Director Richard Donner (1930-) had previously worked mostly on TV, he directed three films before The Omen, they were X-15 (1961), Salt and Pepper (1968) and Twinky (1969). Following The Omen, Donner directed the superhit Superman the Movie (1978). He also directed the popular Lethal Weapon movies.

The Antichrist was a title considered for the movie before sticking with The Omen.

In Charlton Heston’s autobiography he says he regretted turning down the role of Robert Thorn after seeing the finished film.

William Holden also turned the role down but he signed on for the sequel playing Robert Thorn’s brother, Richard.

5 year old Harvey Stephens got the part of Damien Thorn after Donner asked each kid at the audition to attack him. Stephens was the most aggressive kid, screaming and clawing at Donner’s face and kicking him in the groin too.

Stephens had naturally blonde hair but Donner decided the Antichrist should have black hair.

The nanny who hangs herself at Damien’s birthday party is played by Holly Palance, the daughter of Hollywood tough guy Jack Palance.

In the scene where the baboons attack the car in Windsor Safari Park, Lee Remick’s frightened reaction was real.

One of the cleverest tricks in the film was showing Lee Remick fall off the balcony and hitting the floor with a thud. Was she on wires? No, the scene was filmed with the camera pointing to a wall made to look like the floor. Remick was standing on a track and wheeled towards the ‘floor’.

The most memorable and shocking scene in The Omen is the death of Jennings the photographer, played by David Warner. Early in the film he accidentally takes a picture of himself in a mirror, the developed photo shows a strange gash across the image and across his neck, a portent of death.

Later on Jennings is beheaded when a sheet of glass hits him. One of the most effective decapitation scenes in movies. A dummy of Warner was used and filmed from several different angles. Now they could behead someone quite easily with computer graphics and the spray of blood will be CG too.

For the final shot of little Damien smiling at the camera Harvey Stephens had to be coaxed into smiling by the director who was telling him “Don’t you dare laugh, if you laugh I won’t be your friend”.

Filming of The Omen was supposedly cursed, with strange accidents and injuries occurring. Gregory Peck’s plane was hit by lightning, so was the writer’s plane. The director was hit by a car but escaped serious injury. The girlfriend of John Richardson, head of the special effects department, was beheaded in a terrible car crash.

Richard Donner asked the head of 20th Century Fox studios for more money to hire Jerry Goldsmith (1929-2004) to compose the music for the film. The legendary film composer would contribute a memorable horror score and it would be his only Oscar win in a long and distinguished career.

A scene that was cut out from the film showed Mrs. Baylock's dog attacking Thorn while he was attempting to drive away with Damien at the end of the film, the dog trying to smash through the windscreen. It is included as a deleted scene on the DVD.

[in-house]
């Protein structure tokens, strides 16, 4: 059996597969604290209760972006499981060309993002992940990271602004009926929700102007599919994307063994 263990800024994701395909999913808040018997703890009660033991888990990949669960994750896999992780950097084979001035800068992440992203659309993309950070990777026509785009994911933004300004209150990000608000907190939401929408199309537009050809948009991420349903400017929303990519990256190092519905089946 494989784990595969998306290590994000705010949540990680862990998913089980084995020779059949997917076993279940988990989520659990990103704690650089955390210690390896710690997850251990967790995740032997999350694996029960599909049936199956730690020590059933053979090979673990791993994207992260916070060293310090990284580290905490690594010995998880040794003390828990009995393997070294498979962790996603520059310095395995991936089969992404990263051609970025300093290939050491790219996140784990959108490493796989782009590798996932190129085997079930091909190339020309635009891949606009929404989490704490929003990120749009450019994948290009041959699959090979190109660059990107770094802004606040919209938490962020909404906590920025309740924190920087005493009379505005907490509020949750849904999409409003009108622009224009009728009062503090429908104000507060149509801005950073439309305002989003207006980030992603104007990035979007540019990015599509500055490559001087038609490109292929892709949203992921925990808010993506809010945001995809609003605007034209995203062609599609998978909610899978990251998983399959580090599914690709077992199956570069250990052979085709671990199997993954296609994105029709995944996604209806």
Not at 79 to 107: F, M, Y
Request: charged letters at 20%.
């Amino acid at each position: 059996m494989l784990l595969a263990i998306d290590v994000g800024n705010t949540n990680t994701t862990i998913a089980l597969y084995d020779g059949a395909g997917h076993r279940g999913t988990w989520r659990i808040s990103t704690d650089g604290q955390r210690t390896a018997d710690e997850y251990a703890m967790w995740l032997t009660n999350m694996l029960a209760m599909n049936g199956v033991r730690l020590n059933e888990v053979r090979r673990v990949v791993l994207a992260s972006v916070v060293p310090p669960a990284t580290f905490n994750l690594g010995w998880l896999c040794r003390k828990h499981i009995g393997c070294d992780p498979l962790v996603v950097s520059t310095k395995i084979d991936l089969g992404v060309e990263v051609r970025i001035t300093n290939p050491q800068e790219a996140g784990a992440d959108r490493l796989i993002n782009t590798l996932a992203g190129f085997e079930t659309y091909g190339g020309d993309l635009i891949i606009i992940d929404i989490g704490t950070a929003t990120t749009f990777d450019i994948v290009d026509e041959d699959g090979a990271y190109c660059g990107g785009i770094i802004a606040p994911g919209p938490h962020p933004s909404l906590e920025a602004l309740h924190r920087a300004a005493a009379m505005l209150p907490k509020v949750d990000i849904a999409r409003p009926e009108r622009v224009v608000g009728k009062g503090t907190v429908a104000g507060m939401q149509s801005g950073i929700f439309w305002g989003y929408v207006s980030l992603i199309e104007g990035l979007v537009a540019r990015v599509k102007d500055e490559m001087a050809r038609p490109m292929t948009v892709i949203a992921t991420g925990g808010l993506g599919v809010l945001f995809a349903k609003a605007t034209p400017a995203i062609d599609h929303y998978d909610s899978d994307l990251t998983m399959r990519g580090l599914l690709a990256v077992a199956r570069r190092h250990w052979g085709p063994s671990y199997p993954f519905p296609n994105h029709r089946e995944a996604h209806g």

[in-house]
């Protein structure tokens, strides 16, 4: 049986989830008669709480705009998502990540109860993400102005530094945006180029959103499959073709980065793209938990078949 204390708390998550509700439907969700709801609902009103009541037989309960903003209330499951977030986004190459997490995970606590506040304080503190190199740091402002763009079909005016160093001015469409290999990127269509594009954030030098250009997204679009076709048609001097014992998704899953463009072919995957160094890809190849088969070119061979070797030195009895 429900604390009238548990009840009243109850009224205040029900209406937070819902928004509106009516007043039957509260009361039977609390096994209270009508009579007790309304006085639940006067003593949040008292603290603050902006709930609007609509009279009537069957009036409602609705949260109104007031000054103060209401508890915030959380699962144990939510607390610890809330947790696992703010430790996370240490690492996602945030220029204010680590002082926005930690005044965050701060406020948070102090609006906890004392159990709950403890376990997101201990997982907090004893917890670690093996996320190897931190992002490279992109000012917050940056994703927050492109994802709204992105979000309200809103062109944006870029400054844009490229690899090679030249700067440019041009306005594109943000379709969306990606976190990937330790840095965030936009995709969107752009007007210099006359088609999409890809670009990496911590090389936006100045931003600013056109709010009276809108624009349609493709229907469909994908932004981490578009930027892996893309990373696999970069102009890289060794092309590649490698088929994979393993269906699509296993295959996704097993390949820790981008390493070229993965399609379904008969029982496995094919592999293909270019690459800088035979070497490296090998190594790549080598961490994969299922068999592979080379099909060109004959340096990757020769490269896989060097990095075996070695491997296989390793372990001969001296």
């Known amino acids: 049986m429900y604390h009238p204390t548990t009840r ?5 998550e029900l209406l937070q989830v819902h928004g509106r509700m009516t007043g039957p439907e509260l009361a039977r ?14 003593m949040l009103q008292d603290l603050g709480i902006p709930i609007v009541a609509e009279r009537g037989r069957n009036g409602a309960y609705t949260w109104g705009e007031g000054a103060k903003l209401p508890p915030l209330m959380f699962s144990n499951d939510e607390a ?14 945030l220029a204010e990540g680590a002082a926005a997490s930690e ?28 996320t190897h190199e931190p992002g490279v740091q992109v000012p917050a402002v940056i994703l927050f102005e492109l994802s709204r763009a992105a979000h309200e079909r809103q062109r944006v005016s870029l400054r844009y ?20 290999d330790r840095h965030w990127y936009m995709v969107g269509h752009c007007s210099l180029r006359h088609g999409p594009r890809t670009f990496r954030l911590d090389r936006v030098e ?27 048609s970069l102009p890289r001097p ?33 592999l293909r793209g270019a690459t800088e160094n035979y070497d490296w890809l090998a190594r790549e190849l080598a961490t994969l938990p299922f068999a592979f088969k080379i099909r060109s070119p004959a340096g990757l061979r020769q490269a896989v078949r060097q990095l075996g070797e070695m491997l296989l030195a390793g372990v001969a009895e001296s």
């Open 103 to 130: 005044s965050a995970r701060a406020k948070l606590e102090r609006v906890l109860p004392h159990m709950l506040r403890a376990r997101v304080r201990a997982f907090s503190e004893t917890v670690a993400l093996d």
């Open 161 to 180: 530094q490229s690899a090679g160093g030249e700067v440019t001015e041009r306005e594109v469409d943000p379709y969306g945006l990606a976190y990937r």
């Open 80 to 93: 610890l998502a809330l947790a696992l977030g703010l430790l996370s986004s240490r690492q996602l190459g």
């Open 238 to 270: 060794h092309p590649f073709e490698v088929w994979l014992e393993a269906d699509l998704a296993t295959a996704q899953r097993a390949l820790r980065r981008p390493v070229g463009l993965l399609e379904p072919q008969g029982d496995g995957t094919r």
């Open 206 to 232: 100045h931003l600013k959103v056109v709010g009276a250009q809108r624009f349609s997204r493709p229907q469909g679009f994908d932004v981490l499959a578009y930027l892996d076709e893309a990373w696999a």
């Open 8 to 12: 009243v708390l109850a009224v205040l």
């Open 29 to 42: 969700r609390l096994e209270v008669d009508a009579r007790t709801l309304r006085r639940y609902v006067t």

The Omen was ranked #81 on the American Film Institute’s 100 Greatest Thrillers List (no.1 is Hitchcock’s Psycho, no.2 is Jaws).

"Sanguis bibimus, corpus edimus, tolle corpus Satani." (The Omen song lyrics, not a Karaoke favourite)

The Omen was nominated for two Oscars, winning for Best Music Score (Jerry Goldsmith) and nominated for Best Song “Ave Satani” by Goldsmith.

"It is the greatest mystery of all because no human being will ever solve it. It is the highest suspense because no man can bear it. It is the greatest fear because it is the ancient fear of the unknown. It is a warning foretold for thousands of years. It is our final warning. It is The Omen." (Poster tagline)

More money was spent advertising the film than was spent making it, but it paid off handsomely, The Omen was one of the biggest hits of the year grossing over $100m worldwide and costing $2.8m to make.

The Omen was followed by two direct sequels

Damien Omen II (1978) was directed by Don Taylor and starred William Holden, Lee Grant and Jonathan Scott-Taylor as the teenage Damien Thorn who discovers his evil destiny and is protected by disciples of Satan. 107mins.

The Final Conflict (1981) directed by Graham Baker and starring Sam Neill as the now adult Antichrist, charismatic and ambitious and, with help from his followers, murdering anyone who gets in his way. Also starring Rossano Brazzi, Don Gordon and Lisa Harrow. 108mins.

A feeble made for TV sequel appeared in 1991 –

Omen IV The Awakening (1991) directed by Jorge Montesi and Dominique Othenin-Girard, starring Faye Grant, Michael Woods and Michael Lerner. The plot was about a mysterious little girl who might be the daughter of Damien Thorn. 97mins.

In 2006 a decent but pointless remake was rushed into production to take advantage of the release date, 06-06-06.

The Omen (2006) directed by John Moore, starring Liev Schreiber, Julia Styles, David Thewlis, Mia Farrow and Seamus Davey-Fitzpatrick as Damien Thorn. 110mins.

The Critics Wrote –

"Large scale, large budget and sensational horror opus, among whose set pieces is the justly famous decapitation of David Warner. It is less scary than it might be, possibly due to its starry cast but deserves its box office success." (Alan Frank)

"The Omen is a slick, polished, and professional thriller that combines an intriguing mystery with periodic eruptions of bloody violence." (Steve Biodrowski)

"Farfetched in subject matter, but not far out in its handling of it, The Omen speaks well of the Devil - and of the virtues of solid commercial craftsmanship." (Time)

"Its horrors are not horrible, its terrors are not terrifying, its violence is ludicrous—which may be an advantage—but it does move along." (New York Times)

"One of the best things about the film was the beautiful, gothic score by Jerry Goldsmith, which won an Oscar. Goldsmith's score took the film to a level horror films generally never attained in the 1970s. But the real star of the movie may simply just be the story, which is one helluva great mystery. Unfortunately the sequels could never stack up to the original." (Lucius Gore)

"A cut above the rest in that it has an ingenious premise, a teasingly labyrinthine development, a neat sting in it's tail, and enough confidence in its own absurdities to carry them off." (David Robinson, The Times)